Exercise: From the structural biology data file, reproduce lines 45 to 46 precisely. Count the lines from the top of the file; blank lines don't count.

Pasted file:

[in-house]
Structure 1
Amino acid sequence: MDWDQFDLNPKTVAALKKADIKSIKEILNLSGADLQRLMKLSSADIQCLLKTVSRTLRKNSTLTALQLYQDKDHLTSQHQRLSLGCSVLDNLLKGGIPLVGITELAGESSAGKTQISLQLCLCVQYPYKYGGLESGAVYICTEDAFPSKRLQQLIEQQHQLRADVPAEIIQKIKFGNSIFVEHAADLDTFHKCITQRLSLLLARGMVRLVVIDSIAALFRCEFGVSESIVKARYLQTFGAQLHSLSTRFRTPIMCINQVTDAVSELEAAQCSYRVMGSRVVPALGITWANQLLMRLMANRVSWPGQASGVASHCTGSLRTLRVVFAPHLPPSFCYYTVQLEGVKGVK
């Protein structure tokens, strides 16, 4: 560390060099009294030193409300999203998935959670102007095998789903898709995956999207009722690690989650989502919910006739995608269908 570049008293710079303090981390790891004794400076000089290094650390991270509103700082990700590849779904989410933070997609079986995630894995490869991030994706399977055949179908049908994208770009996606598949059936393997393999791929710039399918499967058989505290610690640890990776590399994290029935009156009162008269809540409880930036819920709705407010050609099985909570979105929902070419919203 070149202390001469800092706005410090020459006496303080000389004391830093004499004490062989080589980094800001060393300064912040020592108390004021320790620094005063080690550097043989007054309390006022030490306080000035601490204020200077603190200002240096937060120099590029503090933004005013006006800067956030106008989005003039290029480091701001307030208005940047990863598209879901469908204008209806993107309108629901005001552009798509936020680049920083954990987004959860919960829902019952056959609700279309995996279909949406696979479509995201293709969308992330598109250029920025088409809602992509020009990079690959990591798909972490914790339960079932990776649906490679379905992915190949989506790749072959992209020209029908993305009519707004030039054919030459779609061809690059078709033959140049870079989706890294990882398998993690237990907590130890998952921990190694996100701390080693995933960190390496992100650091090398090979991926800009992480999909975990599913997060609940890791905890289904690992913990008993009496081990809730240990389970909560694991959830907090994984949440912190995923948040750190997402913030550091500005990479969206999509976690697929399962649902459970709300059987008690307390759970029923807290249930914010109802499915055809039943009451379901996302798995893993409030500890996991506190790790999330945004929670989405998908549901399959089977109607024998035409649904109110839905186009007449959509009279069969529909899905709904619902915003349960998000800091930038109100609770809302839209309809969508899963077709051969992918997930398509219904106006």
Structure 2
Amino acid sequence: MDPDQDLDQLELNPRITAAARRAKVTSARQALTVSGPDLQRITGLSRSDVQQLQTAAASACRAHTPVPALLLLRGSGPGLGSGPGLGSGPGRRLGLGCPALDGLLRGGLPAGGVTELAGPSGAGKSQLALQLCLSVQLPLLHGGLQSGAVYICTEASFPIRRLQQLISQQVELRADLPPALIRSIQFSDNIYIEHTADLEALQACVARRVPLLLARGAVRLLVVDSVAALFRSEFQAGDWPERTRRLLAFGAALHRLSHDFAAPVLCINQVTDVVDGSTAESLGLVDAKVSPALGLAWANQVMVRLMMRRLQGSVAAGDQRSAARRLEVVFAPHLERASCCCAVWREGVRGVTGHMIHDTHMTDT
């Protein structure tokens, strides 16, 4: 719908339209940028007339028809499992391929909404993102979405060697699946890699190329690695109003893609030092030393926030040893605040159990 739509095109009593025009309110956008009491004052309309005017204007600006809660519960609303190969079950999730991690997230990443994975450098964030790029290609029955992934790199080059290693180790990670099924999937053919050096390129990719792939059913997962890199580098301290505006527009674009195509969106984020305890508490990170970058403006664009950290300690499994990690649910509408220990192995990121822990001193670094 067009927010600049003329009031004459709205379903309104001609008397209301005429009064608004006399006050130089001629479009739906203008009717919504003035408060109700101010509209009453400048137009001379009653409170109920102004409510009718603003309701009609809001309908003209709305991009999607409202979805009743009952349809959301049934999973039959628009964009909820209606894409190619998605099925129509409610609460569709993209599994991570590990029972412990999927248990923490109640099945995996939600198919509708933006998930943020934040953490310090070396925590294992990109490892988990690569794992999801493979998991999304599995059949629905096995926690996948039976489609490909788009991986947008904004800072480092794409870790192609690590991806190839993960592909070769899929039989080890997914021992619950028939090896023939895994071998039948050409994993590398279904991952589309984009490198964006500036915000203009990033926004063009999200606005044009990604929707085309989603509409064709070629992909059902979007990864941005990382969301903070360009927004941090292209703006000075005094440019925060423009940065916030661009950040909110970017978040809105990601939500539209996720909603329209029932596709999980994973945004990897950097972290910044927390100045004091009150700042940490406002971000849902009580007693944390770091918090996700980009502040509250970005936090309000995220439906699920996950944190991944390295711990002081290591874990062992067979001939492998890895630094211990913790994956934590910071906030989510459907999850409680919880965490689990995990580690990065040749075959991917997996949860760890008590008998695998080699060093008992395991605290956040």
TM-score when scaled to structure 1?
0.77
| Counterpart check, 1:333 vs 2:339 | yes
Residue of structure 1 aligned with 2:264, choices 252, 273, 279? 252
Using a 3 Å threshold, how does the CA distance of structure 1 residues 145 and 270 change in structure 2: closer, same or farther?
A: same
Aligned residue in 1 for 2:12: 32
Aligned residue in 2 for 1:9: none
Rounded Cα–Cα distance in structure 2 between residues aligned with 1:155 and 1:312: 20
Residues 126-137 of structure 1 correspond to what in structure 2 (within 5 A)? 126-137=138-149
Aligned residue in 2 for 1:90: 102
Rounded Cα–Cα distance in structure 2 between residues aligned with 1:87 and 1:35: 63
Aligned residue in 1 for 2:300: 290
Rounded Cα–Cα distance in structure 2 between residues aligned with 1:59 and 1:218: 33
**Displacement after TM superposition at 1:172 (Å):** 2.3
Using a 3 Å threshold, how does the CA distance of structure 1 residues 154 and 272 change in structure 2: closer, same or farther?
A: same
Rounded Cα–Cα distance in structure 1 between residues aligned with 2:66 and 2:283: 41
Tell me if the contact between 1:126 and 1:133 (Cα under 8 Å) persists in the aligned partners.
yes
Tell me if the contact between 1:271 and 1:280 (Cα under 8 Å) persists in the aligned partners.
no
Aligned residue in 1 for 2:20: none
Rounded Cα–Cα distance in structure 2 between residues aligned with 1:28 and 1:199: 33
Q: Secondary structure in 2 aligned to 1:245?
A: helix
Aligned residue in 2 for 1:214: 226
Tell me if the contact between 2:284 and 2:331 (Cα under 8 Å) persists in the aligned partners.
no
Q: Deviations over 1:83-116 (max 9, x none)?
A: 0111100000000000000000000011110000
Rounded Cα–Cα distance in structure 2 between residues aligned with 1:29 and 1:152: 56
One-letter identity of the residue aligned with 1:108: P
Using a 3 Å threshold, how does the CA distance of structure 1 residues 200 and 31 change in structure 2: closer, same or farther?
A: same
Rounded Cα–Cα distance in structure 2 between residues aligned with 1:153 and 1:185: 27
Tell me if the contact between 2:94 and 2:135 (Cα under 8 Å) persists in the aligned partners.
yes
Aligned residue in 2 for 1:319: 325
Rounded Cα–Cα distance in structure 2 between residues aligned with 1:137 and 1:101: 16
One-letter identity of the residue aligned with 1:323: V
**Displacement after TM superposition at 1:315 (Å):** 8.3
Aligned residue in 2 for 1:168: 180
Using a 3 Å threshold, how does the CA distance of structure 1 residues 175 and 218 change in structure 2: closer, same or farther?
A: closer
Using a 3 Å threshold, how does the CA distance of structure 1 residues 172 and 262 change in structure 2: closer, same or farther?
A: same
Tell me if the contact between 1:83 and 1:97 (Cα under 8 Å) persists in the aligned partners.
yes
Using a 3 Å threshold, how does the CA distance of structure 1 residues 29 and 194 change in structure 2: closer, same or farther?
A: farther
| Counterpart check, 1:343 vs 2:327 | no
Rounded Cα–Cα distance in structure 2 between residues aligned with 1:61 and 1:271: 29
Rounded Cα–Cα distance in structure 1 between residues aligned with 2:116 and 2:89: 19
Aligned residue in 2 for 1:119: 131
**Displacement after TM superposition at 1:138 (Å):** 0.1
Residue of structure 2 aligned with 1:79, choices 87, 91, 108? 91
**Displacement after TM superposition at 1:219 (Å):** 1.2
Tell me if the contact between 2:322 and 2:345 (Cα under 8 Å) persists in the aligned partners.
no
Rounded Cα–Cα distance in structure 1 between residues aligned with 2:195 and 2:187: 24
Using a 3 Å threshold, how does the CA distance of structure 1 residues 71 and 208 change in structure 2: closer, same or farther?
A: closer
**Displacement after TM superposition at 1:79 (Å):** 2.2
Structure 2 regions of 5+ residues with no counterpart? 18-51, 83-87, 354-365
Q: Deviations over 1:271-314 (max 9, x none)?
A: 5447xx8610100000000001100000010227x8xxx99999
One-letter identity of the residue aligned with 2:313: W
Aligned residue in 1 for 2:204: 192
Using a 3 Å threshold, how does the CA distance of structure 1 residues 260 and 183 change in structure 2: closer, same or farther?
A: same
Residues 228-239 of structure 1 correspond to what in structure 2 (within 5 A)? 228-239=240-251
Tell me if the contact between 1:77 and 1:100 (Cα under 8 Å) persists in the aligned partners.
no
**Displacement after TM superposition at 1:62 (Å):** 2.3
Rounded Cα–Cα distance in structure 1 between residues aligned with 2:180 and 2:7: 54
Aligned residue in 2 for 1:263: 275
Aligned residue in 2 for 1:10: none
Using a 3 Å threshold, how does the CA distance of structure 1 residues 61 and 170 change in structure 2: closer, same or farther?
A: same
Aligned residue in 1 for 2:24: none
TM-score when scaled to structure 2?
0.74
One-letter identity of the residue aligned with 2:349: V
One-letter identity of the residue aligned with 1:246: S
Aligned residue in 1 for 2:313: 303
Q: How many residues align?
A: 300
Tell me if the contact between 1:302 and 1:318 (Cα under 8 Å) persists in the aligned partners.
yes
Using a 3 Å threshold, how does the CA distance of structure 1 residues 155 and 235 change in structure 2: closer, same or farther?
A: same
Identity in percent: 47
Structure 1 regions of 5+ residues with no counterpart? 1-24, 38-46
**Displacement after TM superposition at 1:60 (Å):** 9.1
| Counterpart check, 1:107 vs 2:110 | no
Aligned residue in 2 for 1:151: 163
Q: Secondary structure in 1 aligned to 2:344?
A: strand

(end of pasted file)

yes
Aligned residue in 2 for 1:319: 325